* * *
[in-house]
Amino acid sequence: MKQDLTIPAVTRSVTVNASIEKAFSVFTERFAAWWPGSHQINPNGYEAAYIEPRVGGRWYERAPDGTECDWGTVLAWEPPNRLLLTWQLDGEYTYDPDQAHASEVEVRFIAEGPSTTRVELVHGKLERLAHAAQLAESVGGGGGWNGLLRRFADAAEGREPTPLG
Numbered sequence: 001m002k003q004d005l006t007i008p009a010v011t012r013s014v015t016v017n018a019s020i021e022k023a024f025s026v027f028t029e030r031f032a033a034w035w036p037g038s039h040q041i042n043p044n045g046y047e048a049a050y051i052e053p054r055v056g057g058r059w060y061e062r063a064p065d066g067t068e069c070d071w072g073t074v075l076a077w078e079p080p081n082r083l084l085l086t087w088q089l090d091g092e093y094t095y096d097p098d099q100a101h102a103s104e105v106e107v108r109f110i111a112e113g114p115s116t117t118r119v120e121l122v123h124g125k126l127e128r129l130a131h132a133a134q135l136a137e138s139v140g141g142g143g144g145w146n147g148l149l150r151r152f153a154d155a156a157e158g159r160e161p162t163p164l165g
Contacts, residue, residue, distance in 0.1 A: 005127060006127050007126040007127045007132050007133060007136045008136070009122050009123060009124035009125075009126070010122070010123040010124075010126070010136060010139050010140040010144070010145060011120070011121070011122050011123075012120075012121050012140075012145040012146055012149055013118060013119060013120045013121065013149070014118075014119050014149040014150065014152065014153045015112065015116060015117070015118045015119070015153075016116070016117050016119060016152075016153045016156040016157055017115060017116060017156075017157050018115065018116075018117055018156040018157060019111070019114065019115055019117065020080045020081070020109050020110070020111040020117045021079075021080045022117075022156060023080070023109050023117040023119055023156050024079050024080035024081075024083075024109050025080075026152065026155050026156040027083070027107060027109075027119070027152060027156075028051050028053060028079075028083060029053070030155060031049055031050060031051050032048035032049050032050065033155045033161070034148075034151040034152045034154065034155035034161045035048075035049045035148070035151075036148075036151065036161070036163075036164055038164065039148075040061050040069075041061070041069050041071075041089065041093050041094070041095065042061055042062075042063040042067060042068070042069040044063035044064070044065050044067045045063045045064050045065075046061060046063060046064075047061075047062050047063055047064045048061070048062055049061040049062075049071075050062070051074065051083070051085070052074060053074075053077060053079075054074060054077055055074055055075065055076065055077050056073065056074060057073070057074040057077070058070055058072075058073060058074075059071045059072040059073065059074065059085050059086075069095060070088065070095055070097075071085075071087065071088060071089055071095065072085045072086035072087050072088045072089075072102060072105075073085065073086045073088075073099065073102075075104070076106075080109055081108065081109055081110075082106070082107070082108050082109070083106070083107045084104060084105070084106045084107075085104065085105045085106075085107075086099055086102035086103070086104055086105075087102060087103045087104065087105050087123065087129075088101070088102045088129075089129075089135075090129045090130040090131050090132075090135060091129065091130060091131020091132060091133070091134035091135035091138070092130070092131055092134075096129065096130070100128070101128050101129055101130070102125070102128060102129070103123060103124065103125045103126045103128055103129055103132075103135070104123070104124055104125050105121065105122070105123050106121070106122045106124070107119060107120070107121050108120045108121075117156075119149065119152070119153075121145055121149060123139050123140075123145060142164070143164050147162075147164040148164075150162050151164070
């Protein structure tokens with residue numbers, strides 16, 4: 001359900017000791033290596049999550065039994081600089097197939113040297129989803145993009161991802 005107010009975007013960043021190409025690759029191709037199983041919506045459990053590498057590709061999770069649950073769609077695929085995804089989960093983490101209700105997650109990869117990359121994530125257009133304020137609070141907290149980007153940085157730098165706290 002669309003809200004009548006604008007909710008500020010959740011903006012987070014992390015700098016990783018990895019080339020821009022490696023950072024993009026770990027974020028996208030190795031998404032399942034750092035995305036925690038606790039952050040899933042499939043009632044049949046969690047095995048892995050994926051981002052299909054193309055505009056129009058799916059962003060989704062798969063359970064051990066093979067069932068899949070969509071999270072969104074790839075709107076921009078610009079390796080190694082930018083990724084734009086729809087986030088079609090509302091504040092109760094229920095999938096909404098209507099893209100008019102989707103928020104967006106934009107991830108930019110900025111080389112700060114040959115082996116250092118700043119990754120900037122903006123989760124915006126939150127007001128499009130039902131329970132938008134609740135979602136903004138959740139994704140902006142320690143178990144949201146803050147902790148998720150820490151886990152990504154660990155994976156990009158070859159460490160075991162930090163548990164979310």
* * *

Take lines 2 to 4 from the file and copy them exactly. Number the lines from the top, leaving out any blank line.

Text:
Amino acid sequence: MKQDLTIPAVTRSVTVNASIEKAFSVFTERFAAWWPGSHQINPNGYEAAYIEPRVGGRWYERAPDGTECDWGTVLAWEPPNRLLLTWQLDGEYTYDPDQAHASEVEVRFIAEGPSTTRVELVHGKLERLAHAAQLAESVGGGGGWNGLLRRFADAAEGREPTPLG
Numbered sequence: 001m002k003q004d005l006t007i008p009a010v011t012r013s014v015t016v017n018a019s020i021e022k023a024f025s026v027f028t029e030r031f032a033a034w035w036p037g038s039h040q041i042n043p044n045g046y047e048a049a050y051i052e053p054r055v056g057g058r059w060y061e062r063a064p065d066g067t068e069c070d071w072g073t074v075l076a077w078e079p080p081n082r083l084l085l086t087w088q089l090d091g092e093y094t095y096d097p098d099q100a101h102a103s104e105v106e107v108r109f110i111a112e113g114p115s116t117t118r119v120e121l122v123h124g125k126l127e128r129l130a131h132a133a134q135l136a137e138s139v140g141g142g143g144g145w146n147g148l149l150r151r152f153a154d155a156a157e158g159r160e161p162t163p164l165g
Contacts, residue, residue, distance in 0.1 A: 005127060006127050007126040007127045007132050007133060007136045008136070009122050009123060009124035009125075009126070010122070010123040010124075010126070010136060010139050010140040010144070010145060011120070011121070011122050011123075012120075012121050012140075012145040012146055012149055013118060013119060013120045013121065013149070014118075014119050014149040014150065014152065014153045015112065015116060015117070015118045015119070015153075016116070016117050016119060016152075016153045016156040016157055017115060017116060017156075017157050018115065018116075018117055018156040018157060019111070019114065019115055019117065020080045020081070020109050020110070020111040020117045021079075021080045022117075022156060023080070023109050023117040023119055023156050024079050024080035024081075024083075024109050025080075026152065026155050026156040027083070027107060027109075027119070027152060027156075028051050028053060028079075028083060029053070030155060031049055031050060031051050032048035032049050032050065033155045033161070034148075034151040034152045034154065034155035034161045035048075035049045035148070035151075036148075036151065036161070036163075036164055038164065039148075040061050040069075041061070041069050041071075041089065041093050041094070041095065042061055042062075042063040042067060042068070042069040044063035044064070044065050044067045045063045045064050045065075046061060046063060046064075047061075047062050047063055047064045048061070048062055049061040049062075049071075050062070051074065051083070051085070052074060053074075053077060053079075054074060054077055055074055055075065055076065055077050056073065056074060057073070057074040057077070058070055058072075058073060058074075059071045059072040059073065059074065059085050059086075069095060070088065070095055070097075071085075071087065071088060071089055071095065072085045072086035072087050072088045072089075072102060072105075073085065073086045073088075073099065073102075075104070076106075080109055081108065081109055081110075082106070082107070082108050082109070083106070083107045084104060084105070084106045084107075085104065085105045085106075085107075086099055086102035086103070086104055086105075087102060087103045087104065087105050087123065087129075088101070088102045088129075089129075089135075090129045090130040090131050090132075090135060091129065091130060091131020091132060091133070091134035091135035091138070092130070092131055092134075096129065096130070100128070101128050101129055101130070102125070102128060102129070103123060103124065103125045103126045103128055103129055103132075103135070104123070104124055104125050105121065105122070105123050106121070106122045106124070107119060107120070107121050108120045108121075117156075119149065119152070119153075121145055121149060123139050123140075123145060142164070143164050147162075147164040148164075150162050151164070